What is Sigmoidoscopy?

Sigmoidoscopy is a medical procedure in which a doctor uses a thin, flexible, lighted tube with a tiny camera on the end to look inside the rectum and part of the large intestine (also known as the colon). It is used to diagnose conditions or diseases that affect the rectum and the lower colon.

Preparation for Sigmoidoscopy

A few days before the sigmoidoscopy, your doctor may ask you to do some special preparations. This includes taking laxatives and an enema (a type of fluid that helps to clean the colon). You may also be asked to follow a special diet, such as drinking clear liquids and avoiding certain foods that may make it difficult for the doctor to see the lining of the colon.

What happens during a Sigmoidoscopy

During the procedure, you will lie down on your side. Your doctor will then pass the sigmoidoscope through the rectum and begin to carefully examine the inner lining of the lower colon. If they see any abnormal growths or tissues, they can take biopsies (small pieces of tissue) for further examination.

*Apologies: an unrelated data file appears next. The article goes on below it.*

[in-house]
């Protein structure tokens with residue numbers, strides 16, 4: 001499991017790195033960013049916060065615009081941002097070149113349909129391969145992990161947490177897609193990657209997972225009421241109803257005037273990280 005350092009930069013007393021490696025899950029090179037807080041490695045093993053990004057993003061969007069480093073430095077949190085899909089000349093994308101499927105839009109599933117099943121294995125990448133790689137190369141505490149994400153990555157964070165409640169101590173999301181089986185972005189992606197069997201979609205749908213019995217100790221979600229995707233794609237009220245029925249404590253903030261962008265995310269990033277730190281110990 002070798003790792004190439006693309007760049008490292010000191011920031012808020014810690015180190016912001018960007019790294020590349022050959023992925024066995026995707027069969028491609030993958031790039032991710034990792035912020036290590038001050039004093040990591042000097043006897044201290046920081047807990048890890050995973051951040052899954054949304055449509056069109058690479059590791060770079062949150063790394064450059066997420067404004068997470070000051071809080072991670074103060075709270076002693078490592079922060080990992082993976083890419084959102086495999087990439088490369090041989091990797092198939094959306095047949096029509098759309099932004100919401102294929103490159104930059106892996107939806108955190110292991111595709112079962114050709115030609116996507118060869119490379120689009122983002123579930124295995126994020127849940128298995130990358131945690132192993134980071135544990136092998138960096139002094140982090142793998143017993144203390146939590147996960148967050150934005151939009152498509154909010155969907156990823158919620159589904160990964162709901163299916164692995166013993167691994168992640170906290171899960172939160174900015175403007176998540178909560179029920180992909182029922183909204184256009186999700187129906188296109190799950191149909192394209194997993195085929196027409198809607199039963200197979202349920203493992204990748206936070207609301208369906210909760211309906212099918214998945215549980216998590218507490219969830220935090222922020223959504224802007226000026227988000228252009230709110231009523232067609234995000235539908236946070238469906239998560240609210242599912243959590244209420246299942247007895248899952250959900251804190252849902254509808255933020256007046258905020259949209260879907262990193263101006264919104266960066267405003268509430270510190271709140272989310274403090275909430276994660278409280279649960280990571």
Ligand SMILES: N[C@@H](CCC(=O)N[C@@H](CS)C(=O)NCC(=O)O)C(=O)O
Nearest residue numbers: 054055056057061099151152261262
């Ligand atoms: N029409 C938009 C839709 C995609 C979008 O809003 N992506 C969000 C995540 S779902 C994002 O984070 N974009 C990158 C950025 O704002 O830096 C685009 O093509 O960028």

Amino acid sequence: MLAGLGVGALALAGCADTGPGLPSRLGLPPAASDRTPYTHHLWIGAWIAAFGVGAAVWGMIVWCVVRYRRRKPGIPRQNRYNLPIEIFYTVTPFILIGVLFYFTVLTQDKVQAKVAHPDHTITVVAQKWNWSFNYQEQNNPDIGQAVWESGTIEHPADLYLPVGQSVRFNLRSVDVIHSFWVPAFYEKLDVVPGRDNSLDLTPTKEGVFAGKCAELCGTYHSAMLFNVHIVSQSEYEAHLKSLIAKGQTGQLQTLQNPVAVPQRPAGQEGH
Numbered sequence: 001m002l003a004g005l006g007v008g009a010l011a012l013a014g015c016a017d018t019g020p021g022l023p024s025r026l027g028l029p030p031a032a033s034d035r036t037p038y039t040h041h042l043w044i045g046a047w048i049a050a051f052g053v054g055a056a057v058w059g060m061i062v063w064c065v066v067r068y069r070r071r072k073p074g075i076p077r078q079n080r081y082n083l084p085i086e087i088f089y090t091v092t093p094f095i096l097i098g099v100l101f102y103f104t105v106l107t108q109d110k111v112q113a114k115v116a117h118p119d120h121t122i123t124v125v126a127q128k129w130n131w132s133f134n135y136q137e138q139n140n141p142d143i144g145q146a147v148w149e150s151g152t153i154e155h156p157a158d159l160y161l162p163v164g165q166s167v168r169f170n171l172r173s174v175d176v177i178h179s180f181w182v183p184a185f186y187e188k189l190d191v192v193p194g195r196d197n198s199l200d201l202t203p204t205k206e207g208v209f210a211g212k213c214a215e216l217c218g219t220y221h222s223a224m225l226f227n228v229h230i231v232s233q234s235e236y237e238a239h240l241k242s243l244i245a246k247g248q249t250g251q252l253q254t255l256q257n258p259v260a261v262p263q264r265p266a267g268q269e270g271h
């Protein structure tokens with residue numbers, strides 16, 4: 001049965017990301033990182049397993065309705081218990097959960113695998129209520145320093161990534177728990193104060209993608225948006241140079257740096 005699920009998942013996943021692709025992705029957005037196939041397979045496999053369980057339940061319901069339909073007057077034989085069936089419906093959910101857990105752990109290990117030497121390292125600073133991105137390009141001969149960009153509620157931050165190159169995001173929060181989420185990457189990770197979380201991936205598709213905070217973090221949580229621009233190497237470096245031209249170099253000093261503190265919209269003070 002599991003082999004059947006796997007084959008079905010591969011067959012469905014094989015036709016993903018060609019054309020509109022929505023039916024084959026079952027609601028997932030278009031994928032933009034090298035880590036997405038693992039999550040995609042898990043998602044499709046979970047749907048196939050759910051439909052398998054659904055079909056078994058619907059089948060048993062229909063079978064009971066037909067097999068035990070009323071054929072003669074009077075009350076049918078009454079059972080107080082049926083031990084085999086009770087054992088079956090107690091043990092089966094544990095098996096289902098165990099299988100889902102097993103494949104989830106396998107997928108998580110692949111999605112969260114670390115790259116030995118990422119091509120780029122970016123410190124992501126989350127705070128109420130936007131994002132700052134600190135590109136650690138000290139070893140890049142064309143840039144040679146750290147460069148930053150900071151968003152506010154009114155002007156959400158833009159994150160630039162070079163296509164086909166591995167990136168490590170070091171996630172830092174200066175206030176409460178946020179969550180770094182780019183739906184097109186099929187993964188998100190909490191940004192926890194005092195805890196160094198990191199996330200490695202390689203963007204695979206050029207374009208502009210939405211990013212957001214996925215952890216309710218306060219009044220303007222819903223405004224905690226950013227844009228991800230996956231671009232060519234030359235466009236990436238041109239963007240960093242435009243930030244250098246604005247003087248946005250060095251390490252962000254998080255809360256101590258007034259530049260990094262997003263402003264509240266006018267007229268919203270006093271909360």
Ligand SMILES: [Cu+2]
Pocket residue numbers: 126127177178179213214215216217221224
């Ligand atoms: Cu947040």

Types of Sigmoidoscopy

There are two types of sigmoidoscopy: diagnostic and therapeutic. The diagnostic sigmoidoscopy is used to diagnose any type of colon disorder. A therapeutic sigmoidoscopy is used to treat any conditions or diseases that affect the rectum and the lower colon.

Why Have a Sigmoidoscopy?

  • To diagnose and help treat colon diseases or conditions
  • To look for any signs of cancer in the lower colon
  • To look for inflammation in the lower colon
  • To look for polyps, which are usually benign growths in the lining of the colon

When is Sigmoidoscopy necessary?

  • If you are having symptoms related to a colon condition such as abdominal pain, blood in the stool, or irregular bowel movements
  • If you have a family history of colon cancer or other diseases of the colon
  • If you are over the age of 50 and have never had a colonoscopy
  • If you have had a colonoscopy but need a follow-up exam

What Are the Risks of Sigmoidoscopy?

As with any procedure, there are risks associated with sigmoidoscopy. These include pain, bleeding, and infection. You may also experience bloating or gas after the procedure. If your doctor performs a biopsy, you may experience minor bleeding from the site. Be sure to talk to your doctor about any concerns before the procedure.